This is an important example of the way the “keep it in the ground” discourse has been captured by the oil industry and reframed as carbon capture – burying the carbon in the ground. Not only is this anything but the safe alternative promoted here, but also, and importantly, putting a price on carbon thus becomes an impetus to develop carbon capture infrastructure which in turn will enable oil mining to continue as usual.
“….But he also approved of fossil fuel divestment, a fast-growing and UN-backed campaign to persuade investors to dump their stocks, on the basis that current reserves of coal, oil and gas are already several times greater than could be safely burned. The Guardian’s Keep it in the Ground campaign is highlighting the divestment argument and calling on the world’s two largest medical charities – the Bill and Melinda Gates Foudnation and Wellcome Trust – to divest their endowments from fossil fuels.
“Divestment is a rational approach,” Moody-Stuart said, speaking at a dinner in London organised by Carbon Trust, which provides advice to businesses on reducing emissions. “If you think your money can be used somewhere else, you should switch it. Selective divestment or portfolio-switching is actually what investors should be doing.” He pointed out that all the major oil and gas companies divested their considerable coal operations in the 1990s. “It was a perfectly rational decision.”
Moody-Stuart condemned the lack of industry progress in addressing climate change. “I find it quite distressing that 18 years after major oil companies, such as BP and Shell, acknowledged the threat of climate change, and the need for precautionary action, and began to put in place modest steps to address it, that the world in general and the industry has made remarkably little progress,” he said.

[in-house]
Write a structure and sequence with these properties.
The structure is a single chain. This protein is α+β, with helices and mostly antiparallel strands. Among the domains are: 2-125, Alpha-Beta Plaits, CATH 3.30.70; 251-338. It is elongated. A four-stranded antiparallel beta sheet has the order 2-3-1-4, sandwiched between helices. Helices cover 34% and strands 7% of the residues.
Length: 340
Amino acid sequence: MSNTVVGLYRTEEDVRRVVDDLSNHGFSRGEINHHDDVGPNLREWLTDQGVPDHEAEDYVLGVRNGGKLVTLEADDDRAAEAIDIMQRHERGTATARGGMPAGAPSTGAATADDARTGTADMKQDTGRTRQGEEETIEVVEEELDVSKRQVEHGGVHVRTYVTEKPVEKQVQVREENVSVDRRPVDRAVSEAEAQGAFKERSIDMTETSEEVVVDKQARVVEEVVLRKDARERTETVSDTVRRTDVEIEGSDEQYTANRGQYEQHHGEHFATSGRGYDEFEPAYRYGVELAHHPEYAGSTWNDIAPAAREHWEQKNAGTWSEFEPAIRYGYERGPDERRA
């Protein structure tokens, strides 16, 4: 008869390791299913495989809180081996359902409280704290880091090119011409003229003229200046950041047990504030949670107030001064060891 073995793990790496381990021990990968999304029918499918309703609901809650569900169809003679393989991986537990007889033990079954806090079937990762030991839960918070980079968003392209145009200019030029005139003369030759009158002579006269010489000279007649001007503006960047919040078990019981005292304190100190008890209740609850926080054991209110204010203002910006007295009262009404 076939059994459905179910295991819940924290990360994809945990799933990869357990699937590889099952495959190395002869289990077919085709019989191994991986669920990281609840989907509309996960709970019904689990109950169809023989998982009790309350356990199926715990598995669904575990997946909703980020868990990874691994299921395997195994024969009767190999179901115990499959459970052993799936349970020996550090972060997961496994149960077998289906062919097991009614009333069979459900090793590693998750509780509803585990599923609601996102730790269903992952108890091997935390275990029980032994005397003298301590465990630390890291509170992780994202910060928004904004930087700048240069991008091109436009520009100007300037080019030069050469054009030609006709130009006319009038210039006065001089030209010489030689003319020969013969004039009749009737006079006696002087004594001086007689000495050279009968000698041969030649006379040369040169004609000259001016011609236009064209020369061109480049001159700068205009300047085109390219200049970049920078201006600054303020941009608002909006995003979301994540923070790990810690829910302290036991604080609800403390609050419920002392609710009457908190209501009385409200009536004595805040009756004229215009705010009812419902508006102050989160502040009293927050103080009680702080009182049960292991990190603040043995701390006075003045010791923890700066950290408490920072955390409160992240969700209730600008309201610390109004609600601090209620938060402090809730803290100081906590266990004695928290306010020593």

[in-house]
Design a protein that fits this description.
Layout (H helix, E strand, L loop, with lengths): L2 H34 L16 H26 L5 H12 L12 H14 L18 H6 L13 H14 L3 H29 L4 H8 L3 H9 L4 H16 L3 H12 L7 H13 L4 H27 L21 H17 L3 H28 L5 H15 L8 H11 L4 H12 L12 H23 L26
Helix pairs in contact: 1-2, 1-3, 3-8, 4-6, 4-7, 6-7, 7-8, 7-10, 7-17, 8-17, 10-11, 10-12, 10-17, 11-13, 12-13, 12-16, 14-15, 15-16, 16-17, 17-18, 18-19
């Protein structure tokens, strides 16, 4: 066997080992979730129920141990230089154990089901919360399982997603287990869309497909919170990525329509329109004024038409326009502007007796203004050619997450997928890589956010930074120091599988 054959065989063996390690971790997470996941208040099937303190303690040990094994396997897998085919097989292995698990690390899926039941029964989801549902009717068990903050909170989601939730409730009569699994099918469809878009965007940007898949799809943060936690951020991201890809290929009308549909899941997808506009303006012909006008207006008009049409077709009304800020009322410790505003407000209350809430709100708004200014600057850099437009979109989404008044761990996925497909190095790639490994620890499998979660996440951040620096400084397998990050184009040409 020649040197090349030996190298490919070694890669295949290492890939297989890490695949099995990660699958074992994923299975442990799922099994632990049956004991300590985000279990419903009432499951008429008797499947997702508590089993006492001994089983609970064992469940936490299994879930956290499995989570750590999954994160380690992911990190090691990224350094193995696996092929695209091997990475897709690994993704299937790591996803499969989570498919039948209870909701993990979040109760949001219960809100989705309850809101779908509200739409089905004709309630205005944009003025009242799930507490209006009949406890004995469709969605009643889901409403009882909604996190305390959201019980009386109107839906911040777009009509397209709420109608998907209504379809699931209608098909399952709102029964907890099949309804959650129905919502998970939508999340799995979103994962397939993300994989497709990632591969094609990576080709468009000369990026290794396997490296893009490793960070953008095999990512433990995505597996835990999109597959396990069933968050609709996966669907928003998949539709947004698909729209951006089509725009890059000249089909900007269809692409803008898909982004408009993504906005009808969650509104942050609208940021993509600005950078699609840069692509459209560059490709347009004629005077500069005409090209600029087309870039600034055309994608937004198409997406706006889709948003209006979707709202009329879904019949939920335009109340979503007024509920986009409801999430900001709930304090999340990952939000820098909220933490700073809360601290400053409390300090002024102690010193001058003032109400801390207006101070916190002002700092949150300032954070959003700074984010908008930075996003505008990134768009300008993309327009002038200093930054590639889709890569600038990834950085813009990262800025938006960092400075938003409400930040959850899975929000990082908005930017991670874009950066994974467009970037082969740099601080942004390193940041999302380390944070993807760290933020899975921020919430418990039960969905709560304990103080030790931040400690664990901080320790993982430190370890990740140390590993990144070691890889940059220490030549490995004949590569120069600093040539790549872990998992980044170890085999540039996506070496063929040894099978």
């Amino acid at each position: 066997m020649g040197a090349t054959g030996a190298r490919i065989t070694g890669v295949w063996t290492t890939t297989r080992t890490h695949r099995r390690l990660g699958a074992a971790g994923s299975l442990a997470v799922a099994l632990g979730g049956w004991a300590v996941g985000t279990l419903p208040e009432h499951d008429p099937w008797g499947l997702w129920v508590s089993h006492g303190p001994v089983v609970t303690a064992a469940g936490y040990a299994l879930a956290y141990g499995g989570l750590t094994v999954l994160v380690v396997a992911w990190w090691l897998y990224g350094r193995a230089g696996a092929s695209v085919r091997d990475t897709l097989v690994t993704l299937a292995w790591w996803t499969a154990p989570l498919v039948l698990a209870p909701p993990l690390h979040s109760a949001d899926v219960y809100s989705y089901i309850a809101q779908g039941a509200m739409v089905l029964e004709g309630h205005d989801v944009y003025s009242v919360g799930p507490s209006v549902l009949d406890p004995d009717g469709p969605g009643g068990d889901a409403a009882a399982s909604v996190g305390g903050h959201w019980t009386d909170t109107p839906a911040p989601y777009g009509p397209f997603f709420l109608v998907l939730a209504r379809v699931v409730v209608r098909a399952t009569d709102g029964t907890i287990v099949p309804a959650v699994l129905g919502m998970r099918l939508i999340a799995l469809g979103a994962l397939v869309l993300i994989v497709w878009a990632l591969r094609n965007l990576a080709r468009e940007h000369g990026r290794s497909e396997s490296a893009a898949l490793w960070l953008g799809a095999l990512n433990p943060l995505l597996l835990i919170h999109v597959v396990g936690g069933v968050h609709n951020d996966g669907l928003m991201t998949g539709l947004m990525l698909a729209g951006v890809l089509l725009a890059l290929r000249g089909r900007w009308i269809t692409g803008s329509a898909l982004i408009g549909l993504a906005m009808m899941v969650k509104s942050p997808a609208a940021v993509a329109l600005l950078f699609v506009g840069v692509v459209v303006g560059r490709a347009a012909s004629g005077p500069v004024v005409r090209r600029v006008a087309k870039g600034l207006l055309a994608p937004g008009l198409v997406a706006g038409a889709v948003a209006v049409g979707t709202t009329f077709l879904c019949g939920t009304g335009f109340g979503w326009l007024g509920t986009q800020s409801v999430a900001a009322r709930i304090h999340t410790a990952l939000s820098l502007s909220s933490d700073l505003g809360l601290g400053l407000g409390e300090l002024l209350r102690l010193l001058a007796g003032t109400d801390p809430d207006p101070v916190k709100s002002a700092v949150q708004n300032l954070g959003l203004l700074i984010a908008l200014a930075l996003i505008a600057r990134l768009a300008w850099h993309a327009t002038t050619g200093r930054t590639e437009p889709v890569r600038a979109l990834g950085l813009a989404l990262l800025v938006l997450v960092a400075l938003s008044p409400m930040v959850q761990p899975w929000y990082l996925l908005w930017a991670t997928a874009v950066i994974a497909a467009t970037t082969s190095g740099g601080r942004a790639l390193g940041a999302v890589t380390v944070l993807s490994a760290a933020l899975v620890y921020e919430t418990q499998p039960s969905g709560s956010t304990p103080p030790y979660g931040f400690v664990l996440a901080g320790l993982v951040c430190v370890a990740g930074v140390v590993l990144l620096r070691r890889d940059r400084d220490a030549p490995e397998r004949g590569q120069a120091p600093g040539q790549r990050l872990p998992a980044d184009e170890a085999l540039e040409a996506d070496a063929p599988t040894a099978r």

Moody-Stuart added: “There are two realities acknowledged by most businesses. The first is the needs that have to be met today [but] business leaders also recognise there will at some point be radical change, and industries will be completely transformed. The gap between how we get from one to the other hasn’t really closed.”
The oil and gas majors should be developing carbon capture and storage (CCS) quickly, Moody-Stuart said. “The industry has a real role to play in CCS. We can do it and it can be perfectly safe. it is not rocket science.”
He said a key problem was the vast infrastructure needed for CCS, on the same scale as the existing oil business. “CCS has the potential to have a major impact but I worry because of the scale and we haven’t made much progress with it.”
The World Bank will invest heavily in clean energy and only fund coal projects in “circumstances of extreme need” because climate change will undermine efforts to eliminate extreme poverty, says its president Jim Yong Kim.
Talking ahead of a UN climate summit in Peru next month, Kim said he was alarmed by World Bank-commissioned research from the Potsdam Institute for Climate Impact Research in Germany, which said that as a result of past greenhouse gas emissions the world is condemned to unprecedented weather events.
“The findings are alarming. As the planet warms further, heatwaves and other weather extremes, which today we call once-in-a-century events, would become the new climate normal, a frightening world of increased risk and instability. The consequences for development would be severe, as crop yields decline, water resources shift, communicable diseases move into new geographical ranges, and sea levels rise,” he said.